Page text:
Big Ideas in Astronomy: A Proposed Definition of Astronomy Literacy
The Institute of Astrophysics and Space Sciences (IA), an R&D unit funded by the FCT, is leading, together with the Leiden Observatory, Leiden University, in the Netherlands, an initiative that aims to promote global understanding about astronomy. The project is called Big Ideas in Astronomy and consists of a small book that summarizes what everyone should know about the universe and our place in it, which also gave rise to a website, which is now in multiple languages and accessible anytime, anywhere.
"Big Ideas in Astronomy: A Proposed Definition of Astronomy Literacy" is the culmination of years of debate and discussion about the essential topics that an astronomy literate person anywhere in the world should know. It is structured like other international science literacy projects, with eleven key ideas that fill just over 70 pages of a small book, and also a website.
Each big idea serves as the entry point to fascinating concepts, known since ancient times or just a few decades ago, covering historical, theoretical, and observational aspects of astronomy. It is now an online reference in languages such as Arabic, Bengali, Portuguese, Haitian French, or Japanese, and more languages are on the way.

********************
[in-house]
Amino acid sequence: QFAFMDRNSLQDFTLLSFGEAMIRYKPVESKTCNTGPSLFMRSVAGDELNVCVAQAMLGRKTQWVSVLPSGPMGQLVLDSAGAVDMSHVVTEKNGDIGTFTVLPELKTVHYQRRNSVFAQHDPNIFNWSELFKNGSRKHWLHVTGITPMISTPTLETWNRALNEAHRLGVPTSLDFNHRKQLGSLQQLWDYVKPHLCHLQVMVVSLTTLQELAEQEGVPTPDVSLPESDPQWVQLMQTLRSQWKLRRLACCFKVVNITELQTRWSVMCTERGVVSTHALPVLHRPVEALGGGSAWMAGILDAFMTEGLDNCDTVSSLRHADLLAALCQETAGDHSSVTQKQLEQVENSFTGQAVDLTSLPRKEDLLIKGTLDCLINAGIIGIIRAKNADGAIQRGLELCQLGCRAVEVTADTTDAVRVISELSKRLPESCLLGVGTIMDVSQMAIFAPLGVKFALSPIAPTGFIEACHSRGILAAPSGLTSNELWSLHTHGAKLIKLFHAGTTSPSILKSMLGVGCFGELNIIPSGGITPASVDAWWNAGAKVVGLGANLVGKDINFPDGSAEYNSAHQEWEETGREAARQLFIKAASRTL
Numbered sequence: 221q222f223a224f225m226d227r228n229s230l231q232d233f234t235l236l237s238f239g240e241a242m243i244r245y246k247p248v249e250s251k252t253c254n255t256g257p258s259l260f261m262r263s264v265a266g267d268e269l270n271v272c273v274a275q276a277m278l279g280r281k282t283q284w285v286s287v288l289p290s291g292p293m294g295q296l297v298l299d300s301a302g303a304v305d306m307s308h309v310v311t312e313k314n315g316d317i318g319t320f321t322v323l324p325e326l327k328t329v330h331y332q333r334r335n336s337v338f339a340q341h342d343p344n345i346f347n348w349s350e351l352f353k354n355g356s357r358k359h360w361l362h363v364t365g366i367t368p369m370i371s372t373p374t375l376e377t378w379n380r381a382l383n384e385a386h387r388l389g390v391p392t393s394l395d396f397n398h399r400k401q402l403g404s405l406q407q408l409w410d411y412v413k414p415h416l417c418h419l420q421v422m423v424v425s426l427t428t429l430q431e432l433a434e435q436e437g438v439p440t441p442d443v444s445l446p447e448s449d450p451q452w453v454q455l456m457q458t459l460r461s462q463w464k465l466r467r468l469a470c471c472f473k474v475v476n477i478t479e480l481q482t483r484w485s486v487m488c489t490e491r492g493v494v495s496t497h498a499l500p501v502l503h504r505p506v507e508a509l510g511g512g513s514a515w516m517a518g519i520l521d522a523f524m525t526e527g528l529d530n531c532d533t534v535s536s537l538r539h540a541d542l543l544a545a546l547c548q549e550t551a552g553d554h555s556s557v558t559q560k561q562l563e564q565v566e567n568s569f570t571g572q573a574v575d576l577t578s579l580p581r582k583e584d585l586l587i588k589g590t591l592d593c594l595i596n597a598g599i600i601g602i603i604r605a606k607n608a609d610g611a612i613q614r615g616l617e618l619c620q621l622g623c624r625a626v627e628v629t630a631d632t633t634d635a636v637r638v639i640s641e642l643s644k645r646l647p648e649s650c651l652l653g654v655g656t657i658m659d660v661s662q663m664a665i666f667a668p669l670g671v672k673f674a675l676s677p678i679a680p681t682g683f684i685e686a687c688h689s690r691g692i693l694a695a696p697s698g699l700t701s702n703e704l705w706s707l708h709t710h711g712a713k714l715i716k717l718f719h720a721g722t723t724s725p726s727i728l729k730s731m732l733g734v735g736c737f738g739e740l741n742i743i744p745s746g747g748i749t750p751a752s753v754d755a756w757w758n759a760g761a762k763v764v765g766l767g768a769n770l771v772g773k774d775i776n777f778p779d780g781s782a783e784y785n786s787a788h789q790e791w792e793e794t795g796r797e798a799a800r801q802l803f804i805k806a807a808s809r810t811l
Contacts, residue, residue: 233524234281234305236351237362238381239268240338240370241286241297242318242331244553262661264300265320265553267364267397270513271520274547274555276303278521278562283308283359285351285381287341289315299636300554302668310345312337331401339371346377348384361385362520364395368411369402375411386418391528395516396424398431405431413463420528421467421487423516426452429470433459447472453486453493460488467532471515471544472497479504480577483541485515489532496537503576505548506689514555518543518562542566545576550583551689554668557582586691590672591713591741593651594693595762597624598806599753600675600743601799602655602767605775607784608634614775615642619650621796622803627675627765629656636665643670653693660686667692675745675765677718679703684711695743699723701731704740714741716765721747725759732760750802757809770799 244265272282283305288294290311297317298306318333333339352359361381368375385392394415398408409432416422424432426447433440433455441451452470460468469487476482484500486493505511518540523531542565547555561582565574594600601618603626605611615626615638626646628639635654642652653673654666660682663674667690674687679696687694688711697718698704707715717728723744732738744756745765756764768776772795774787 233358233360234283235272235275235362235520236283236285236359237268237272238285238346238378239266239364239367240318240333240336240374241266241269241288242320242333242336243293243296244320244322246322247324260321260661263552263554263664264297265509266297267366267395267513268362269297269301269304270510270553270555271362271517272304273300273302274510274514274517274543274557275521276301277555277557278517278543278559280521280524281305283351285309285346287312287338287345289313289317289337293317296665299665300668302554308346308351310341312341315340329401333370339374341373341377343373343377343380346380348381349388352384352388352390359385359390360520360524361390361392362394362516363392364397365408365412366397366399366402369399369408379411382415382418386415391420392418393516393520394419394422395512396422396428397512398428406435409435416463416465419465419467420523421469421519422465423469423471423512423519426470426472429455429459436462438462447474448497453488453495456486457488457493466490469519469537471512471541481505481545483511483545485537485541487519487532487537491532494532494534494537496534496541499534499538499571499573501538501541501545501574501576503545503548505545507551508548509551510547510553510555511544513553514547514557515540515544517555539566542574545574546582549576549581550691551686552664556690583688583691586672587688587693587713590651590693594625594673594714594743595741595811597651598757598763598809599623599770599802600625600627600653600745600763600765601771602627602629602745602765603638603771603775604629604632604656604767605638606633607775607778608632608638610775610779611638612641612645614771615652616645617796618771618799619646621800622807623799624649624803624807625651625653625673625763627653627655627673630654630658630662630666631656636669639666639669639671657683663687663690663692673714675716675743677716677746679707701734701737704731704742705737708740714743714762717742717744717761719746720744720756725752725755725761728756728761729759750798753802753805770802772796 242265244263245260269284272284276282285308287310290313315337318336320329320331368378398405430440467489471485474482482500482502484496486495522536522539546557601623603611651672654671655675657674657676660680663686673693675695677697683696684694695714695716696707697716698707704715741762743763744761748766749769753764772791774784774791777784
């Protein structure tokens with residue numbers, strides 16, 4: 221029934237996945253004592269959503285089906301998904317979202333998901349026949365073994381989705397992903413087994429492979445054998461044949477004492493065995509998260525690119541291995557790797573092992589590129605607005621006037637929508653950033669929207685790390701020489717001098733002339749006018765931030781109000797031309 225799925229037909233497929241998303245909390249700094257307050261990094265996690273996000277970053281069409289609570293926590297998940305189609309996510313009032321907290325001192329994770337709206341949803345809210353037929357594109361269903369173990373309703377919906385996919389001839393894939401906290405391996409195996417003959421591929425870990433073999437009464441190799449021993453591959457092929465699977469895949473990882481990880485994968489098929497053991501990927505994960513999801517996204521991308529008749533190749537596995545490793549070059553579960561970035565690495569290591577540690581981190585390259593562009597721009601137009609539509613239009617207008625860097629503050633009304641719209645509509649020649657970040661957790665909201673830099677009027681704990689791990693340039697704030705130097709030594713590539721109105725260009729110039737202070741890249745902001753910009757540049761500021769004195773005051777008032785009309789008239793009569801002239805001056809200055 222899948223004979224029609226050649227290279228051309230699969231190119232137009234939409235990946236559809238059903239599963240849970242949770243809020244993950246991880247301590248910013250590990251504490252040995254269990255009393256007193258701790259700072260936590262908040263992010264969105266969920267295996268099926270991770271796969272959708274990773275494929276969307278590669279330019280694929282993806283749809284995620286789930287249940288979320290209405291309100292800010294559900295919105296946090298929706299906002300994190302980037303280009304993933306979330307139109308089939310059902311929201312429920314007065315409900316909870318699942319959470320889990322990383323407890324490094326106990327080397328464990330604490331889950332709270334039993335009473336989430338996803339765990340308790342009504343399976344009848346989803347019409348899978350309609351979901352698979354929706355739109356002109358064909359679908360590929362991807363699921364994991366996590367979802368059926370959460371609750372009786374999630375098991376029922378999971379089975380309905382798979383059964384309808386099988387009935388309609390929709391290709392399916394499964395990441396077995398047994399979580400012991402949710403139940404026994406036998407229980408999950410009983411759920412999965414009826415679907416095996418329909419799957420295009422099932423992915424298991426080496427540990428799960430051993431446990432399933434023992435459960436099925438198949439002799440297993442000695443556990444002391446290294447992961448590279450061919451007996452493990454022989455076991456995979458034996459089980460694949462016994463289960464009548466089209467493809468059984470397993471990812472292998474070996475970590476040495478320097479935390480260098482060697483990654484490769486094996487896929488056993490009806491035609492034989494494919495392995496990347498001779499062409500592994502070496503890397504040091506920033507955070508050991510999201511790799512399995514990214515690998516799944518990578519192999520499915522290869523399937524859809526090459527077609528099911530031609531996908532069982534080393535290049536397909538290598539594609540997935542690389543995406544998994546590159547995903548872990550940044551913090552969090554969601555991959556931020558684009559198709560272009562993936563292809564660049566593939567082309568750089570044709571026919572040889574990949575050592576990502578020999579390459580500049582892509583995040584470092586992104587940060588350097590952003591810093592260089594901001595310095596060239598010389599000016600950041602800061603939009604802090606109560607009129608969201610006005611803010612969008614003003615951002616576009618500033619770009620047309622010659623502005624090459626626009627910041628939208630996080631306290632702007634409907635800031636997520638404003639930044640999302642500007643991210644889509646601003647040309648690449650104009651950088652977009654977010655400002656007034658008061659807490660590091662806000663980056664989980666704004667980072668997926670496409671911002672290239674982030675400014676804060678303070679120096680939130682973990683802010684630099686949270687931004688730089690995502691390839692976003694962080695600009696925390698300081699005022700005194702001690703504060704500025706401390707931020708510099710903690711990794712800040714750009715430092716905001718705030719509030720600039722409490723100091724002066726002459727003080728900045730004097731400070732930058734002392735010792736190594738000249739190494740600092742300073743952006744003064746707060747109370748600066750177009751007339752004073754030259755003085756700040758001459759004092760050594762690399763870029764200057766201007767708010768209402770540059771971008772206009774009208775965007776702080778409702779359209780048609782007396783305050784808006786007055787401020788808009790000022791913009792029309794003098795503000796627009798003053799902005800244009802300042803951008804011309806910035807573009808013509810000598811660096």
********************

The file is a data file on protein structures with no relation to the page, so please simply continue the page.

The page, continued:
After two years of input from the worldwide community of scientists, educators, and communicators, the Big Ideas in Astronomy document has been delivered to the International Astronomical Union (IAU) Office for Astronomy Education (OAE), whose mission is to support professional astronomers and astronomy educators worldwide in bringing the allure of astronomy into schools.
Under this mission, the OAE will continue the implementation and ensure the next steps of the Big Ideas in Astronomy, which are to: conduct empirical studies on the Big Ideas, foster the development of school curricula aligned with them, promote the production of educational resources and materials for teacher training, and prepare strategic reports for curriculum development.
Photo credits: Aneta Margraf-Druc/Big Ideas in Astronomy